Tragic and Heroic Moments in the Lives of Forced Migrants: Memories of Political Asylum-Seekers in Post-Apartheid South Africa

Authors

  • Ernest A. Pineteh Cape Peninsula University of Technology
  • Thecla N. Mulu University of the Western Cape

DOI:

https://doi.org/10.25071/1920-7336.40285

Keywords:

South Africa, Cameroonian asylum-seekers, forced migration, post-apartheid, political asylum, credibility, memory, storytelling

Abstract

This article examines the memories of a group of Cameroonian asylum-seekers in South Africa, analyzing personal accounts of memories of fear, suffering, and pain as well as resilience and heroism during their forced migration. The article argues that the legitimacy of applications for asylum often depends on accurate and consistent memories of specific life-threatening episodes at home and during migration. Drawing on theoretical conceptions such as construction of memory, autobiographical memory, and politics of storytelling, this article teases out how personal memories of asylum-seekers provide a discursive space to access and understand the asymmetries of seeking political asylum in post-apartheid South Africa.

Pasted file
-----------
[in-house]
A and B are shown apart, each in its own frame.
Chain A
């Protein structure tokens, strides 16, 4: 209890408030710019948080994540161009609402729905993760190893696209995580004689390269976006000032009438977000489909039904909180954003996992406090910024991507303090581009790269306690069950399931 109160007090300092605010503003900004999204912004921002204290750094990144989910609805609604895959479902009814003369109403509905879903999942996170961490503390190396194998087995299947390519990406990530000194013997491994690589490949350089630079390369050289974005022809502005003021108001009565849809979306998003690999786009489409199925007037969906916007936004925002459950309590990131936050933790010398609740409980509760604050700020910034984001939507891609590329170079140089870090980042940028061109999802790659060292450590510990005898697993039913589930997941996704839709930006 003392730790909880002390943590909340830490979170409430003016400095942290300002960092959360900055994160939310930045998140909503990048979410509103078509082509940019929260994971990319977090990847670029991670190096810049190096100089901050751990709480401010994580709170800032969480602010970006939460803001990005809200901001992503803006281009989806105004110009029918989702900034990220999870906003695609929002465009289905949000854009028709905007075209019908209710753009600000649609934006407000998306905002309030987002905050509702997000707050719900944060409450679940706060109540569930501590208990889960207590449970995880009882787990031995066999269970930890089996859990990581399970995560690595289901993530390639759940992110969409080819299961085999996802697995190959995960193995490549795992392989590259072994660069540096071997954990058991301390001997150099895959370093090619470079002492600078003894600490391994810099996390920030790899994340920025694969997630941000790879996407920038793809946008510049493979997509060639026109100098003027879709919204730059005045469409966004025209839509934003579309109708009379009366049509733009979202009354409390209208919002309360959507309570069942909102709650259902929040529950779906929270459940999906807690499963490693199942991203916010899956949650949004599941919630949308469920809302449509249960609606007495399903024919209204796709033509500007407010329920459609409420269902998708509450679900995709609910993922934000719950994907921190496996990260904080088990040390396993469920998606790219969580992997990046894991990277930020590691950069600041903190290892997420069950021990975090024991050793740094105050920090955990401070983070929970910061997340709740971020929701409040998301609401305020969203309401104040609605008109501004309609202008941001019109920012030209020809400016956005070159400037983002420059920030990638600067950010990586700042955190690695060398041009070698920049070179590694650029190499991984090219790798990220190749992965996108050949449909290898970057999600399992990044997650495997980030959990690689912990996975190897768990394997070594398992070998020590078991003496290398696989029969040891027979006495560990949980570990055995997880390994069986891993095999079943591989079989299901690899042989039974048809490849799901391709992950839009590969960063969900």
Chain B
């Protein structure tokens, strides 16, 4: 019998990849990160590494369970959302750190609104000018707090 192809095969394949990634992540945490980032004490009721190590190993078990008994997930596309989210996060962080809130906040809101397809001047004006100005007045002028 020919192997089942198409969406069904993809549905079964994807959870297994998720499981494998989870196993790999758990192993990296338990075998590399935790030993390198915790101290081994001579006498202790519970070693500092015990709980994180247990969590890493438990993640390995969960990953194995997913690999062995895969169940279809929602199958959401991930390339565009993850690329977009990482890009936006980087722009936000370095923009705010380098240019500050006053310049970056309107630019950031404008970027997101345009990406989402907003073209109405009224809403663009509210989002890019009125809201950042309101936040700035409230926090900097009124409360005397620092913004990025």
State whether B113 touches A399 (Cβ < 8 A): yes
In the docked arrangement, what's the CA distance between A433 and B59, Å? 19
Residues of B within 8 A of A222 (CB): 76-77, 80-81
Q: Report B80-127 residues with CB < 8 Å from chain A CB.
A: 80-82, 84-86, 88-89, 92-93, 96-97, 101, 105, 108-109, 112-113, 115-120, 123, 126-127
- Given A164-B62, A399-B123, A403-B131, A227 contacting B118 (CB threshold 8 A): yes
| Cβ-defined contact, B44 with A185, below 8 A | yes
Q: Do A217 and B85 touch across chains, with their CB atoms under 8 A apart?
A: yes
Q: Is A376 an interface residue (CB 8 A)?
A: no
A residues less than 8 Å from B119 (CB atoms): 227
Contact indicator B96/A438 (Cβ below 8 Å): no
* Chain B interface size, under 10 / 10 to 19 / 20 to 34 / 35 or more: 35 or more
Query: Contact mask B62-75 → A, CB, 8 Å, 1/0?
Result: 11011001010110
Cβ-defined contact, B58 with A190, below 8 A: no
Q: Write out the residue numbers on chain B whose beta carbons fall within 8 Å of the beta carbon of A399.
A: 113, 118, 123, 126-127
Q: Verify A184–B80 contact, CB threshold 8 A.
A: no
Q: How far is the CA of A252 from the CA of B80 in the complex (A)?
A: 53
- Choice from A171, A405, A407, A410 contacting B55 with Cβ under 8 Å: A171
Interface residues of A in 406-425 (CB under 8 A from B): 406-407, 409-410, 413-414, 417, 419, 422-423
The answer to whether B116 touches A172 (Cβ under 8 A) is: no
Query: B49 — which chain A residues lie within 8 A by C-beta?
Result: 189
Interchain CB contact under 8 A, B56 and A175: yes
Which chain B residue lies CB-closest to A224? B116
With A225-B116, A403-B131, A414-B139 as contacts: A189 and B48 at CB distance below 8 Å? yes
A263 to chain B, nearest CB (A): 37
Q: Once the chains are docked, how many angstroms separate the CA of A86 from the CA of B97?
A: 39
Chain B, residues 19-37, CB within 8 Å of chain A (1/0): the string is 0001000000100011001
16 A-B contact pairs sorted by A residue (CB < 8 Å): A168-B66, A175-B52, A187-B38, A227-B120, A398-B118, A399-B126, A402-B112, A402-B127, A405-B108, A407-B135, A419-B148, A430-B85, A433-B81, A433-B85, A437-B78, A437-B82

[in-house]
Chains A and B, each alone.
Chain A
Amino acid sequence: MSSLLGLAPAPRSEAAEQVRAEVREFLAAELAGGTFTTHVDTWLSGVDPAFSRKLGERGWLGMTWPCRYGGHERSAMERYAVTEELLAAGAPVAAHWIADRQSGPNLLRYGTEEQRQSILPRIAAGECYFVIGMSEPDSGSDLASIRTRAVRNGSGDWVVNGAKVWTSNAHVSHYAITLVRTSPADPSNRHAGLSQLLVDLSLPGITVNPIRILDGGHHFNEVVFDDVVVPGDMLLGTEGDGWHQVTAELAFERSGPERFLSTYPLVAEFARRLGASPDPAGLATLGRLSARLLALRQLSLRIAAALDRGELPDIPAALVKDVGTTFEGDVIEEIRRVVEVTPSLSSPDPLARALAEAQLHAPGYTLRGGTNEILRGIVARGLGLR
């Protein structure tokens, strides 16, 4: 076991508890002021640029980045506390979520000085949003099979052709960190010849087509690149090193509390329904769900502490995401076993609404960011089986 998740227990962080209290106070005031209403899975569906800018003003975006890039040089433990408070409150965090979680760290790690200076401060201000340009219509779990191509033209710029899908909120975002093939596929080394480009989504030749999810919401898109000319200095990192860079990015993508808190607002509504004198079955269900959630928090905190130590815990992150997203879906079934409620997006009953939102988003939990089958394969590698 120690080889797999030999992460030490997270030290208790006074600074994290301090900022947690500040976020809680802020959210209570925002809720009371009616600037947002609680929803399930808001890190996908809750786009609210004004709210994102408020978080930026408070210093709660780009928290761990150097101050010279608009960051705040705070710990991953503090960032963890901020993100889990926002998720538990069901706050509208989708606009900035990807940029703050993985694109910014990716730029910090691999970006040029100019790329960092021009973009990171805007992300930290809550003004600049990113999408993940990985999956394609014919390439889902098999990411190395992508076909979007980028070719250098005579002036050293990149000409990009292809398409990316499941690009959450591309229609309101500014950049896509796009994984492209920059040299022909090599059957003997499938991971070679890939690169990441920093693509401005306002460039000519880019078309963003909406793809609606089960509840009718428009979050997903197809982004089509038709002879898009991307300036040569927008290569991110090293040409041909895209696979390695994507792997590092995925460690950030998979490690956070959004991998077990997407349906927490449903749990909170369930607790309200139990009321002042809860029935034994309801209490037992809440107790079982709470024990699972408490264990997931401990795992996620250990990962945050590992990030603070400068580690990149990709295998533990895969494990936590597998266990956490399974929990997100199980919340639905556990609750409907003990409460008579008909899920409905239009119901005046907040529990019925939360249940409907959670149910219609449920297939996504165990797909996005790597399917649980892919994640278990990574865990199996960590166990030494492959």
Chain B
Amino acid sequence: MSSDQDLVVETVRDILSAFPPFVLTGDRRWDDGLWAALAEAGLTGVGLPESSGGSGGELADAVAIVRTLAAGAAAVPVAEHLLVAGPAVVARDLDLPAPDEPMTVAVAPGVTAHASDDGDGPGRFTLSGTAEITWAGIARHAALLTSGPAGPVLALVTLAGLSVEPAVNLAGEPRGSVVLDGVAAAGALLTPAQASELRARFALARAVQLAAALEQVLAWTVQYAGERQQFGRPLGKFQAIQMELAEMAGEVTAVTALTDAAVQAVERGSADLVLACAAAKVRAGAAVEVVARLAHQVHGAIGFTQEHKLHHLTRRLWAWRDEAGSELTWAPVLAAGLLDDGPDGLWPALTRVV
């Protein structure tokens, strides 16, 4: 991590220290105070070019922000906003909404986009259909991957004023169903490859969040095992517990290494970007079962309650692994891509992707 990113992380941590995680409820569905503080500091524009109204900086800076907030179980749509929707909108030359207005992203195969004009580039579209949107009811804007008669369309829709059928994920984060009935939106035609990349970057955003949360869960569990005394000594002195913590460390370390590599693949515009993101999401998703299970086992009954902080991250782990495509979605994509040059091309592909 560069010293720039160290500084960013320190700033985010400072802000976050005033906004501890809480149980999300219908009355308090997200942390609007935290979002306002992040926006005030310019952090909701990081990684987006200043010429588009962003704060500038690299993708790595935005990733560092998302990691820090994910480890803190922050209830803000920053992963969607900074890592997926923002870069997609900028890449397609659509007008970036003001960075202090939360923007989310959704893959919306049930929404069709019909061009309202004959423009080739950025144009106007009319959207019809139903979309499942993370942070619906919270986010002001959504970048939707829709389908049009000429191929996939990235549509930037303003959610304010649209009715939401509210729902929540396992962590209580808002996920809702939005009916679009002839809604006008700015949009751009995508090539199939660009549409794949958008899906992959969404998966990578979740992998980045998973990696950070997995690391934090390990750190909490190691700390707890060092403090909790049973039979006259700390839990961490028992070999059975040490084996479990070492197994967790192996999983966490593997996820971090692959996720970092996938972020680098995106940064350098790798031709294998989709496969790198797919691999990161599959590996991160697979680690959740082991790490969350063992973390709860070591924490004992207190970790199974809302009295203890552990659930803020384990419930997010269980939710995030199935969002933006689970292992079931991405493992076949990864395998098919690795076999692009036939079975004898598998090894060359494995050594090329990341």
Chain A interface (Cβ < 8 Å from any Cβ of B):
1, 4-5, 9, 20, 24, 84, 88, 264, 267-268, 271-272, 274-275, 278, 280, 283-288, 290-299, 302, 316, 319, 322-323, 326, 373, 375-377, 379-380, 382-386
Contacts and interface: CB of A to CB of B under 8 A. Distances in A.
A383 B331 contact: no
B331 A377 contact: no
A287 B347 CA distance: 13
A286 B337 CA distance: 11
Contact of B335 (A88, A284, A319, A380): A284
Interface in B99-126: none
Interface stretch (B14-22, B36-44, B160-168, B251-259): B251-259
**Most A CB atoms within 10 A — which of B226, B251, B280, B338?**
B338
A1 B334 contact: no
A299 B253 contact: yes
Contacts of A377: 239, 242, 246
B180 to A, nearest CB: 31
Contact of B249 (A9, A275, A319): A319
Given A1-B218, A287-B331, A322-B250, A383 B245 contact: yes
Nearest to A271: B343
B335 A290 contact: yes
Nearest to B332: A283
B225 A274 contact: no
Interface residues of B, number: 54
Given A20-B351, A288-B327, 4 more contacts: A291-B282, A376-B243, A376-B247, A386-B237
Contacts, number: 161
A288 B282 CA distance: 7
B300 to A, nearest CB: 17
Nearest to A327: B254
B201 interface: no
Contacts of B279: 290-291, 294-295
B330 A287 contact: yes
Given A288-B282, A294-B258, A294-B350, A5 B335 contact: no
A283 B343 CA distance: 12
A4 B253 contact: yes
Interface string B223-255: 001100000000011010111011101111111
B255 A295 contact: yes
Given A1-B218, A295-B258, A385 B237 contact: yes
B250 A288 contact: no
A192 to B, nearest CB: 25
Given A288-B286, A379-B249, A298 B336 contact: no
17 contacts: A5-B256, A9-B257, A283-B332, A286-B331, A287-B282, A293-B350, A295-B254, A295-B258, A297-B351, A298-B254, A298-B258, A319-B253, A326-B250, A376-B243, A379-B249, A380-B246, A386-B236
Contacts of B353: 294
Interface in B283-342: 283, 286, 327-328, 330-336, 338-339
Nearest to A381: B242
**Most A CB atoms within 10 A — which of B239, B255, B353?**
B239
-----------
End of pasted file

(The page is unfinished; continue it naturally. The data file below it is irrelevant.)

Author Biographies

Ernest A. Pineteh, Cape Peninsula University of Technology

Faculty of Informatics and Design

Thecla N. Mulu, University of the Western Cape

Doctoral Researcher

African Centre for Citizenship and Democracy

School of Government 

 

Published

2016-11-23

How to Cite

Pineteh, E. A., & Mulu, T. N. (2016). Tragic and Heroic Moments in the Lives of Forced Migrants: Memories of Political Asylum-Seekers in Post-Apartheid South Africa. Refuge: Canada’s Journal on Refugees, 32(3), 63–72. https://doi.org/10.25071/1920-7336.40285